The Register-Herald, Beckley, West Virginia

November 27, 2013

Cold Cash

The Register-Herald

— Say what you want about winter, and we say plenty we can’t print when we’re shoveling our car out of a snowbank, it always wins us over in the end.

One of the many beautiful aspects of our state are its seasonal changes. Winter is a reminder to all of us that spring awaits, a season that graciously provides us a sense of rebirth that’s both physical and spiritual.

As we prepare for Thanksgiving Day, we also want to celebrate what winter brings to southern West Virginia in a way that is less philosophical and more hard-headed: Tourism dollars.

We were reminded of that this week when Snowshoe Mountain announced that it was ready to open for the season, one of five skiing and snowboarding destinations that continue to grow and prosper in the state.

The snow industry, as it were, is responsible for an estimated $250 million annually in tourism dollars, creating 5,000 jobs at ski resorts and related businesses. The ski industry is an important component of a bigger picture in West Virginia tourism, which is now bringing in $5.1 billion to the state every year.

A report for the West Virginia Division of Tourism that was released last month brought the growing importance of tourist dollars to the state into perspective.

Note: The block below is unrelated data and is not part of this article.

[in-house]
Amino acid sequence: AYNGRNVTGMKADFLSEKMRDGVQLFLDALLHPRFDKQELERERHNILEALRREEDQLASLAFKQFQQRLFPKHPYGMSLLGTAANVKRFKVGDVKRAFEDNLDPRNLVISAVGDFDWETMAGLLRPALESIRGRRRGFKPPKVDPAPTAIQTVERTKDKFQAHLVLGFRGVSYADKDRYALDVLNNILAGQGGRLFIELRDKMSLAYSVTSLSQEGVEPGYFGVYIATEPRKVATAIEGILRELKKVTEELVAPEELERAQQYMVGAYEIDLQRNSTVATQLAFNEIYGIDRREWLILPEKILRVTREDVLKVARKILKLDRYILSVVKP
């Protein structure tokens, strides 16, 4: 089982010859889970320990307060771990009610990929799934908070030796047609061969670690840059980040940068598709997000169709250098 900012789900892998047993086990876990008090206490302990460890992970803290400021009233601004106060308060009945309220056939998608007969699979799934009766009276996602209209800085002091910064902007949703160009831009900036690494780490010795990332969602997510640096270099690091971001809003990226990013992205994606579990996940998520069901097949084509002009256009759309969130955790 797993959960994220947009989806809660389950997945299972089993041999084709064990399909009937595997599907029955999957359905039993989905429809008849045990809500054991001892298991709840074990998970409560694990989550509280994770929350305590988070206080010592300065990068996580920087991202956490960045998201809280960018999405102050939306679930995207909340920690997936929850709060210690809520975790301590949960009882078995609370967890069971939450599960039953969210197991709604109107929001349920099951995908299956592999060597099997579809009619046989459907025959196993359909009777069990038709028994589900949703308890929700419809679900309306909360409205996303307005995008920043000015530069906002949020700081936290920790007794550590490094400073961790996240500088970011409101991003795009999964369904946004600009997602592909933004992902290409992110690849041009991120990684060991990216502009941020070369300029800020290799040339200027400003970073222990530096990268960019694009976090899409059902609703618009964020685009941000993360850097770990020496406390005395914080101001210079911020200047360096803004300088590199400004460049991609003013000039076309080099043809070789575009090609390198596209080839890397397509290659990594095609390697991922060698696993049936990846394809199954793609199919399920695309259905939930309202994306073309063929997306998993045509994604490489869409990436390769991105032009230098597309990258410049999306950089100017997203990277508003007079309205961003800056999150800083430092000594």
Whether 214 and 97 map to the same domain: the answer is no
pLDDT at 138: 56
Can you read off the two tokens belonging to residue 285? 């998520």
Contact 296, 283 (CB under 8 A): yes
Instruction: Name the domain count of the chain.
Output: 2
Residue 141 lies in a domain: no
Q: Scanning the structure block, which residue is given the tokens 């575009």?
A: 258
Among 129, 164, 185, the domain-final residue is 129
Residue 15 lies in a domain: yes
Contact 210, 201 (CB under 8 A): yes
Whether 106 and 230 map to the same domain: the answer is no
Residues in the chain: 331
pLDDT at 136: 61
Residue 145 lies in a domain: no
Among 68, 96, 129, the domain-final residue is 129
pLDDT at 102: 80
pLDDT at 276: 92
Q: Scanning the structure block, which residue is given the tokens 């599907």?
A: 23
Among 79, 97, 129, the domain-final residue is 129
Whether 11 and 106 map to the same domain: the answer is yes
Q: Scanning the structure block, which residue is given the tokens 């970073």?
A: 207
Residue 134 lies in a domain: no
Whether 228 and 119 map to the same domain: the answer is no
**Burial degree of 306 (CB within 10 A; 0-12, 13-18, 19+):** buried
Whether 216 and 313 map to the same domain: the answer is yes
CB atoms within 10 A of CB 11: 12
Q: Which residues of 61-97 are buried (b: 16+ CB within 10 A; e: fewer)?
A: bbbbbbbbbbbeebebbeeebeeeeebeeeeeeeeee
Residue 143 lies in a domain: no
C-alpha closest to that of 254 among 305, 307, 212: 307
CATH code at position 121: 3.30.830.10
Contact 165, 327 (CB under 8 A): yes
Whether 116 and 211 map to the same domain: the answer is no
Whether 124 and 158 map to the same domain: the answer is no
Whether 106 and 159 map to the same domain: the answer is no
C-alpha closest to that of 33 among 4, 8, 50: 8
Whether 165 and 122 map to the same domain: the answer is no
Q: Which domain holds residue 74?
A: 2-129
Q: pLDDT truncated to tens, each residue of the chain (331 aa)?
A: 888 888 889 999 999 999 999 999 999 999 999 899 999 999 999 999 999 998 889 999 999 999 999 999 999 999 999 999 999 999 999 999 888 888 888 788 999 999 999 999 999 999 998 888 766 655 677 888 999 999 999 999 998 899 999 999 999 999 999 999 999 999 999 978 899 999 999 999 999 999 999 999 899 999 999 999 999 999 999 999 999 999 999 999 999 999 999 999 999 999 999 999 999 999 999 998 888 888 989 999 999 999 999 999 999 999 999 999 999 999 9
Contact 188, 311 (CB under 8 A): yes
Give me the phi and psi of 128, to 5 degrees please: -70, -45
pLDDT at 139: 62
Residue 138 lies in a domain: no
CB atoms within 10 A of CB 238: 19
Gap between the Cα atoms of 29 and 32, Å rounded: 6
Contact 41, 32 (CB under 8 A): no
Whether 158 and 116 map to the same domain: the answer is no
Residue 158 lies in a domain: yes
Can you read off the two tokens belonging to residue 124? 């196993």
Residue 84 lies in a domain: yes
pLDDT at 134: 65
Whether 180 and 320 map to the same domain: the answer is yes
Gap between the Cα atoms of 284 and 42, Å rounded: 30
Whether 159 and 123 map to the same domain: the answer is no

Overall, the report by Dean Runyan Associates of Portland, Ore., breaks down West Virginia tourism like this:

-  Day travel, 50 percent

-  Hotel/motel: 31 percent

-  Private home: 16 percent

-  Vacation home: 2 percent

-  Campground: 1 percent

The report also breaks out nine regions in the state. Here in southern West Virginia, it is the New River/Greenbrier Valley Region. Counties included are Fayette, Greenbrier, McDowell, Mercer, Monroe, Raleigh, Summers and Wyoming.

Direct travel spending in our region rose from $536 million in 2004 to $702 million in 2012, an increase that reflects a heightened awareness of the importance of tourism to our economy in the southern part of the state.

It’s difficult to overstate the power of these numbers. As the coal industry continues to fall, and the promises of extracting natural gas from the Marcellus shale remain just promises, it is critical that we continue to diversify our regional economy. It is most satisfying to see tourism playing an ever larger role in doing just that.

So we find it appropriate this week to recognize the ski industry, the white water rafting and kayaking businesses, the hotels and motels, the Boy Scouts, the restaurants and all other businesses and people who are working to make West Virginia a destination for so many people from other states and even other countries.

You truly deserve our thanks.